• Note the use of `` characters surrounding the class name in the link.

    • When linking to an API in this manner, the FQN isn't necessary in the link.

    • No file extension (*.java, *.kt, *.py, etc.) is used by convention.

    • Be judicious when using such links. Generally, only one link is needed for a given file on a documentation page.

  • Links to files in source code packages in other repositories follow much the same rules, except the links use https: instead of upsource:///.

Guidelines for Highlighting Syntax

In-paragraph code fragments and IntelliJ Platform APIs are formatted according to these rules:

  • Avoid using qualifiers like "Foo interface" or "Foo abstract class". Just refer to Foo.

  • The FQN is used for the first reference to an interface, class, or package on a page. Rather than AnAction, introduce it as com.intellij.openapi.actionSystem.AnAction. Subsequent references on the page can be AnAction. Exception: the FQN is not used with an upsource link.

  • Use the FQN when first introducing an extension point (EP) on a page. Rather than stubIndex, introduce com.intellij.stubIndex. Subsequent mentions on the page can be stubIndex. Exception: the FQN is not used when an extension point is introduced in an upsource link.

  • For XML elements, use the tag notation with syntax highlighting: <idea-version>. Attributes are shown with syntax highlighting, and attribute values are shown in quotes: since-build="191"

  • Method names always use empty parentheses: "call bar() to apply." Method names are prefixed with the class/interface name when needed for clarity: Foo.bar().

Source Code

Source code is represented by using GitHub Flavoured Markdown code fences, which are three backticks.

Syntax highlighting is applied by specifying the language after the first set of ticks:

```xml // Some XML ``` ```java // Some Java code ```

Here is the list of supported languages, and also Kotlin, of course.

Whole files can be imported on a page using src attribute after code fences specifying the full path relative to code_samples root folder.

{src="simple_language_plugin/src/main/java/org/intellij/sdk/language/SimpleFoldingBuilder.java"}

The advantage is the code can come from the code_samples directory, so it will be live code that isn't silently stale. The disadvantage is the file may contain a large class, too large for the documentation page to be useful. In any case, please keep code samples concise and avoid any unnecessary "surrounding" code or import statements.

Tables

The syntax is to use the pipe (|) and minus symbols:

| Column 1 | Column 2 | Column 3 | | -------- | -------- | -------- | | Blah | Blah | Blah |

Notes and Callouts

Notes and callouts can be specified using the blockquote syntax. The converter looks at the first following word to see if it is bold. If so, it applies a callout style. The example below will be displayed as a callout, styled as a "note":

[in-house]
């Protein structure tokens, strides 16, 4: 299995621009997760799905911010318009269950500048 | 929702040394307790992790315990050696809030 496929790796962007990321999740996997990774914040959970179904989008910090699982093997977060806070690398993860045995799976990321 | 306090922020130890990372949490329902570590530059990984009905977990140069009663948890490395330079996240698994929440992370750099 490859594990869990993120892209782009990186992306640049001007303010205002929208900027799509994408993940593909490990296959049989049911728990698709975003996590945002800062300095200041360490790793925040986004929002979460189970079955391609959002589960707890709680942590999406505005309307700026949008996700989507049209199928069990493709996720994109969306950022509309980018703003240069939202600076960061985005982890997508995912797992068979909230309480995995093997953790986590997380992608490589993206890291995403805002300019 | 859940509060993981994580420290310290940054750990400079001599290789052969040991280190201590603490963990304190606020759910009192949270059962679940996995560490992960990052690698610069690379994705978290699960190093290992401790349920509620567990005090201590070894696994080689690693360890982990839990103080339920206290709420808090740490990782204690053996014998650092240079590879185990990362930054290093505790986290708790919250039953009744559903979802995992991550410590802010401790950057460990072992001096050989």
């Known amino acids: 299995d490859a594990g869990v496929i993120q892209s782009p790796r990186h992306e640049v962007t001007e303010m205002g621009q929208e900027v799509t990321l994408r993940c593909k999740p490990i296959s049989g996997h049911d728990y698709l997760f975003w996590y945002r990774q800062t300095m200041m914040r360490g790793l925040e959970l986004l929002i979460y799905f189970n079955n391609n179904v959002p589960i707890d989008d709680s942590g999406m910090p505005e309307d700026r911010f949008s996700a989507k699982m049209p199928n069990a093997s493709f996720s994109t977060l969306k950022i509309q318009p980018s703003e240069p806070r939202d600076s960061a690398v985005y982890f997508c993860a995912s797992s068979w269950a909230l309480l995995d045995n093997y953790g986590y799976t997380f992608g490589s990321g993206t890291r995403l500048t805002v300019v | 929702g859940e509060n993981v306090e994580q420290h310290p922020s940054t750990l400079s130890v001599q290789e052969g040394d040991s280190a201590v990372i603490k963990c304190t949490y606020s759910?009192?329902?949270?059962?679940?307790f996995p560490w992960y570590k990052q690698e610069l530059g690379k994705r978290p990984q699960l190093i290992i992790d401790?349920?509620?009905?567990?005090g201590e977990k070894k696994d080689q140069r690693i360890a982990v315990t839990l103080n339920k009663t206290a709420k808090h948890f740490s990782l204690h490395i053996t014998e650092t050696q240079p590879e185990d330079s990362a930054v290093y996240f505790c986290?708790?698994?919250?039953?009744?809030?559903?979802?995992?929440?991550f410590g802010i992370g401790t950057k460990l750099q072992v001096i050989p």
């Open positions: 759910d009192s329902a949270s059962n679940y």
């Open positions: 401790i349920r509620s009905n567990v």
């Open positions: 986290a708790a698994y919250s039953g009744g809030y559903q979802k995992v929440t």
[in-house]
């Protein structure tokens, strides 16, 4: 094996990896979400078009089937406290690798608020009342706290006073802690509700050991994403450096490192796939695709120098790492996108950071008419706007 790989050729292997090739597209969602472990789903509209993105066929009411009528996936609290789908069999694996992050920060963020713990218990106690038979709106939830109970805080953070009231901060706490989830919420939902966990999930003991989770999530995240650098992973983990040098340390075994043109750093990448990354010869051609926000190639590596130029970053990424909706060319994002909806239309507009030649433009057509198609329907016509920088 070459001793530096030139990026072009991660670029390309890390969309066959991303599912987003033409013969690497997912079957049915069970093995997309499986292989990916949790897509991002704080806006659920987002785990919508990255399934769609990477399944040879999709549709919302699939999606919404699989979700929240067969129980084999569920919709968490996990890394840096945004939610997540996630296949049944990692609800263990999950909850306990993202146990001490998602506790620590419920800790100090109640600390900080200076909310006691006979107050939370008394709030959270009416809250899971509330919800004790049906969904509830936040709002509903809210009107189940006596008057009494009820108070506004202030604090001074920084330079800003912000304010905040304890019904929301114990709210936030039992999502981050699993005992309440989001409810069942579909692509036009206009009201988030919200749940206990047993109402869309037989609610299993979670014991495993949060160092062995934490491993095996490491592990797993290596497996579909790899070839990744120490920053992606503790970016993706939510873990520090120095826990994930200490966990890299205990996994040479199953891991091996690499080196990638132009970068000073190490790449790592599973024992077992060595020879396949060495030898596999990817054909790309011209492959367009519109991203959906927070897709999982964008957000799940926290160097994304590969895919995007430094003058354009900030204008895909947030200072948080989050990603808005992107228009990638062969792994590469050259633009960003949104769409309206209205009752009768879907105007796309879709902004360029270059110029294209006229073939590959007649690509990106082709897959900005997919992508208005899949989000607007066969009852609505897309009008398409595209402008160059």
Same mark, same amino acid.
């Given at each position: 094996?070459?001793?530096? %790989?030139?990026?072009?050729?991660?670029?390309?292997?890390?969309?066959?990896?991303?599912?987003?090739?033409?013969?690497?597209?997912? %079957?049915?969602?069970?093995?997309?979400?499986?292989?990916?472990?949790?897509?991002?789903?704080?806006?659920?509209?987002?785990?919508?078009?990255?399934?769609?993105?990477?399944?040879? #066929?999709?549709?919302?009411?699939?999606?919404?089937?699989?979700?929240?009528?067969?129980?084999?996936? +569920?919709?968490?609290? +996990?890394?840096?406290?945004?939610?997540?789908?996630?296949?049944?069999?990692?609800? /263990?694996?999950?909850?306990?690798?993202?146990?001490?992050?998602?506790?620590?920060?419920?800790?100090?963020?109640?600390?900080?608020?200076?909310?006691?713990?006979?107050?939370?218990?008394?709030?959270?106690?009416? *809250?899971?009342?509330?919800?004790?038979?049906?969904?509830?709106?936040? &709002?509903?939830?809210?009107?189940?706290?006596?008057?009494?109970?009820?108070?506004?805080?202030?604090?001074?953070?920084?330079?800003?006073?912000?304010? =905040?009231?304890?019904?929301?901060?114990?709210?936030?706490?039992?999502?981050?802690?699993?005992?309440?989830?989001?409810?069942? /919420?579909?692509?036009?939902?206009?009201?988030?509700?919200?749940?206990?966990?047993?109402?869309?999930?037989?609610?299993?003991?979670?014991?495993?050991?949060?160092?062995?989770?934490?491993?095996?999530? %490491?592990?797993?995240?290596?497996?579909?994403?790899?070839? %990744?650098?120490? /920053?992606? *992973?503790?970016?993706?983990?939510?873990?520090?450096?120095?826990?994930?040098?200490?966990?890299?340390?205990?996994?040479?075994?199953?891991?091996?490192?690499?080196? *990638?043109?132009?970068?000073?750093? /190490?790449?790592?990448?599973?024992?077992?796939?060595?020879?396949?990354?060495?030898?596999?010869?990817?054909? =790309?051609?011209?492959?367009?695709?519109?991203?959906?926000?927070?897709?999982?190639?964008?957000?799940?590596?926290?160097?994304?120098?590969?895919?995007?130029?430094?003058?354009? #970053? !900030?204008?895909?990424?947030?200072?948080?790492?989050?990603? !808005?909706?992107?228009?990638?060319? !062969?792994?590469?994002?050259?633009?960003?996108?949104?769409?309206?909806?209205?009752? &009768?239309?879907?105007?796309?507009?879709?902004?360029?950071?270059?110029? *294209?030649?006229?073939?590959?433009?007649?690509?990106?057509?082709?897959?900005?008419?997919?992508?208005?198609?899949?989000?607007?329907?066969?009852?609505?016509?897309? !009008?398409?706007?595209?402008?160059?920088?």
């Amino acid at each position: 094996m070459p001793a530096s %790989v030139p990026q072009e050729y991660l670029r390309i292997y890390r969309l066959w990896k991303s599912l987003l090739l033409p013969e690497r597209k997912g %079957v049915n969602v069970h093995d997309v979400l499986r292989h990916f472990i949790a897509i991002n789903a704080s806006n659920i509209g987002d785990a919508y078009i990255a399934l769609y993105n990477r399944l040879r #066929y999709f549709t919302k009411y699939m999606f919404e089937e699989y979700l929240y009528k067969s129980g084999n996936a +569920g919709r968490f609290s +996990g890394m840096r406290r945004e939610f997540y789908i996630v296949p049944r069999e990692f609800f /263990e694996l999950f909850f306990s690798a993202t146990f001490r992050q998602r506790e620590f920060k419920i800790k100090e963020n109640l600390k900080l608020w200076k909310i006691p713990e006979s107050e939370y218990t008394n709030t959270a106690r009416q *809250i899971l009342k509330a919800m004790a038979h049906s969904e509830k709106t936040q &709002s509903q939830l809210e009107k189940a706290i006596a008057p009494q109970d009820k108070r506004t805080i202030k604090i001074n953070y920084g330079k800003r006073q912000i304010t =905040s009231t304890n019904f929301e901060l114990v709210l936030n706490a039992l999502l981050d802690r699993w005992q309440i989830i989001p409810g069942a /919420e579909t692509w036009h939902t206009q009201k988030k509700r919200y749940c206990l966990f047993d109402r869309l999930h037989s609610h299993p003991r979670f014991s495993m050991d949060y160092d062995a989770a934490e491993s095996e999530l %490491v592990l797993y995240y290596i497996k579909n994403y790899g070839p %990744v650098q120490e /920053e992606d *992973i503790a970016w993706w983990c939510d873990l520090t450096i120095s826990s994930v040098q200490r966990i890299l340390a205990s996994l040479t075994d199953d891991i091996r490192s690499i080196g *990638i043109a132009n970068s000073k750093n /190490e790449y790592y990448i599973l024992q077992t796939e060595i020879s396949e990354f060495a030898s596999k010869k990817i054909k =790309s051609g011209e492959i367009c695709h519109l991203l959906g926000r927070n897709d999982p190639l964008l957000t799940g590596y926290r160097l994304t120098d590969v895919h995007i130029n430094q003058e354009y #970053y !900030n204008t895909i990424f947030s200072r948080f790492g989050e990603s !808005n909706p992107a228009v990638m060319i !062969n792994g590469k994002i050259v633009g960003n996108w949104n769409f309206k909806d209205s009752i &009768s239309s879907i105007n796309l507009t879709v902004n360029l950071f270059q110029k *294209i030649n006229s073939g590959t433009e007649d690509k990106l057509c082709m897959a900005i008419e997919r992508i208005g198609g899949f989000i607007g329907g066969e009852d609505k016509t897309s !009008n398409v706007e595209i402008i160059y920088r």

> This is a note > {type="note"}

The styles available for callouts are:

  • tip- Information that makes the reader more productive.

  • note- Information that is important for the reader to understand. This callout is reserved for essential points and concepts.

  • warning- Information that is critical for the user to understand to prevent failures or errors.

Images

Images can be included by adding the file directly to the intellij-sdk-docs repository. Each subject directory typically has an img subdirectory. Keep images close to the corresponding documentation file in the repository directory structure.

Images in this documentation are generally screenshots. The preferred image format is PNG at 144 DPI resolution. A resolution of 72 DPI is acceptable but may look blurry on high-resolution monitors.

It is crucial to reduce the size of image files to prevent bloating the repository and impacting the performance of the documentation site. Resize an image to be nearly the desired width on a documentation page. Reducing an image's dimensions is the most effective way to reduce image file size. Also, optimize the image files using a tool such as the PNG optimizer.

Images are embedded in a document by adding a Markdown link to the image like so:

![Alt text]()

If the width of an image needs to be adjusted, use Kramdown markup:

![Alt text](){width="42"}

Table of Contents

The table of contents for the site is displayed in the tree view on the left-hand side of the site, and it is generated from the ijs.tree file. The list can have nested items, which are displayed as child items in the table of contents.

Placeholders

If a node does not have its id attribute specified, it will still appear in the table of contents but will be greyed out and not clickable. It acts as a placeholder for a documentation item. A placeholder is useful to keep track of what should be documented, but hasn't yet, and can be helpful to show readers that the topic exists, but isn't yet documented (Pull Requests always welcome!).

Redirects

When renaming pages, redirects should be configured so existing links and bookmarks continue working.

Specify the previous path(s) with .html extension in accepts-web-file-names attribute:

<toc-element id="fundamentals.md" toc-title="Fundamentals" accepts-web-file-names="reference_guide.html,architectural_overview.html"/>
Last modified: 14 January 2021